Sometimes, pet owners find it difficult to accept that their otherwise gentle dogs can react aggressively. But this is a natural defence mechanism. While it can be startling, it’s important not to punish these behaviours as this can cause them to escalate. Instead, when you focus on identifying triggers, you can work on desensitisation or find ways to manage them more effectively.

Avoid unsupervised play

Unpredicted changes in a dog’s behaviour can occur, and roughhousing can quickly escalate beyond the comfort zones of one or both parties.

Avoiding off-leash interactions without close supervision is best for less predictable interactions and dogs still learning social cues.

Structured play dates with known, well-matched companions can give your dog a social outlet without the risks associated with free-for-all play in public areas.

Build positive associations

Training isn't just about teaching your dog what to do, but building positive associations with people, places, and other dogs. Positive reinforcement training can help your dog feel more comfortable in various situations.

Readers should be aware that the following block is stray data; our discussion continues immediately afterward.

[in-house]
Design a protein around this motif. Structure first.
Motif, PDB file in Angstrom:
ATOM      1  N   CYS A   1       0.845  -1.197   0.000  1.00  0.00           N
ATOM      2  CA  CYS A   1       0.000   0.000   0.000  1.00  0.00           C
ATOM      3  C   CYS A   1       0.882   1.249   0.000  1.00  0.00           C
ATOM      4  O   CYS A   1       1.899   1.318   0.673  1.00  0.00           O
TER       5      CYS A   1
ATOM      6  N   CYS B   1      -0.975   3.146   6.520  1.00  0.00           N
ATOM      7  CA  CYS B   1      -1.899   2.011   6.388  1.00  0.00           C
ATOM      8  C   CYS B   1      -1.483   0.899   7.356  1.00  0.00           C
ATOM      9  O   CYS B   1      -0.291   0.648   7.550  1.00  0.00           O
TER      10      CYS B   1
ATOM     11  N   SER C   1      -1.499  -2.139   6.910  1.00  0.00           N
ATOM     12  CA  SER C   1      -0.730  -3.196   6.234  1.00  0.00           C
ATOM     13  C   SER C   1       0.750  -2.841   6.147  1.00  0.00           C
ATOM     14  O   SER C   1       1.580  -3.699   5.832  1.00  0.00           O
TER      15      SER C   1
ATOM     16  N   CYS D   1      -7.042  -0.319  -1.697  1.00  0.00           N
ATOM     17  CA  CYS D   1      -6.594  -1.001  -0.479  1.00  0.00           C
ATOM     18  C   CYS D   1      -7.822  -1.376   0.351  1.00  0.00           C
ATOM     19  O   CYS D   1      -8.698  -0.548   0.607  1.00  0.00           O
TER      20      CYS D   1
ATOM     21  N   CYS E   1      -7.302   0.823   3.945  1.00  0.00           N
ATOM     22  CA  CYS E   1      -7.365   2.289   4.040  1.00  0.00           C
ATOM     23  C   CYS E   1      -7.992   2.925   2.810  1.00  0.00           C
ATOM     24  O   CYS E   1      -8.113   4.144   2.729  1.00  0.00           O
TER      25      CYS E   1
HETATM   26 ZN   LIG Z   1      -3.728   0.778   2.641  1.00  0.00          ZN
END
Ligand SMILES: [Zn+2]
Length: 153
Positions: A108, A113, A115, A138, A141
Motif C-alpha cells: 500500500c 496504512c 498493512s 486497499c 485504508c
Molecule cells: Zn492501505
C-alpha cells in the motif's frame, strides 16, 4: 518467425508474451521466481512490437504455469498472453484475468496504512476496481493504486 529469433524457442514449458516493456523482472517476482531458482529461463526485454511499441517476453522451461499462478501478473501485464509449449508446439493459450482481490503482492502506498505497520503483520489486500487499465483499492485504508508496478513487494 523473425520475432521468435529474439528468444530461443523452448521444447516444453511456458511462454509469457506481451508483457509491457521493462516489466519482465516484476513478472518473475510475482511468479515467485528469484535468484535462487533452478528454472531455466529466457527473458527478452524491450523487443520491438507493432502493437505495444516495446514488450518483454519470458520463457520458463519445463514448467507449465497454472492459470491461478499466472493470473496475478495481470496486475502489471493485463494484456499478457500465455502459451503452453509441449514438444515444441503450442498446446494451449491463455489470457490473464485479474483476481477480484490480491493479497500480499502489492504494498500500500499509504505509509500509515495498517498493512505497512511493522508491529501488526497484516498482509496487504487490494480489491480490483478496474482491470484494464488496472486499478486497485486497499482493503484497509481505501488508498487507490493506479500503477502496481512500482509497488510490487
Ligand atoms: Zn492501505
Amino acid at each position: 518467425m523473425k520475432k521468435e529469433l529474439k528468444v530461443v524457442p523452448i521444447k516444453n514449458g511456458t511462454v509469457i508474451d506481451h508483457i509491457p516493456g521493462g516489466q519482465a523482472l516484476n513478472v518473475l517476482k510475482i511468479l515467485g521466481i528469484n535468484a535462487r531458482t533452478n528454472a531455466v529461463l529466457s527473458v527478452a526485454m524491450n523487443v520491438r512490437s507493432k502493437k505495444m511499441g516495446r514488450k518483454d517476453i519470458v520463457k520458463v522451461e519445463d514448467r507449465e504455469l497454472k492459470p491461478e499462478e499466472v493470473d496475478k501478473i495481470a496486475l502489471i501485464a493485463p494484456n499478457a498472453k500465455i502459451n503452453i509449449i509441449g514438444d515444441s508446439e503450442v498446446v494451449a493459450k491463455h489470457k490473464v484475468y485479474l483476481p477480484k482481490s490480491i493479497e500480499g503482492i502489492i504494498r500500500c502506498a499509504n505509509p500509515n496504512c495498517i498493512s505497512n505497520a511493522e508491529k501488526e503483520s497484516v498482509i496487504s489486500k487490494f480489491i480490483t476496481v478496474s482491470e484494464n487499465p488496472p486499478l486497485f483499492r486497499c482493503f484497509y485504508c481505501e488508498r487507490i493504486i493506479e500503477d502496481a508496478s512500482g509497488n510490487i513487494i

A happy, confident dog is less likely to react with aggression. They will feel safe, which is invaluable in preventing dog attacks.

Here are our top tips for building positive associations:

  • Start early: Puppies are impressionable and learn quickly, so begin training and socialisation as early as possible.
  • Keep it fun: Use treats, toys, and praise to make training a joyful experience for your dog.
  • Take baby steps: Gradually introduce new places and situations, allowing your dog to become familiar with each step before moving on to the next.
  • Be consistent: Use the same commands and techniques each time to avoid confusion for your dog.
  • Keep it short: Training sessions should be short and frequent rather than long and infrequent. This will keep your dog engaged and prevent boredom or frustration.

By building positive associations with people, places, and other dogs through training, you set your dog up for success in social situations. It will also help them feel more relaxed and confident, reducing the chances of aggressive behaviour.

When to contact your vet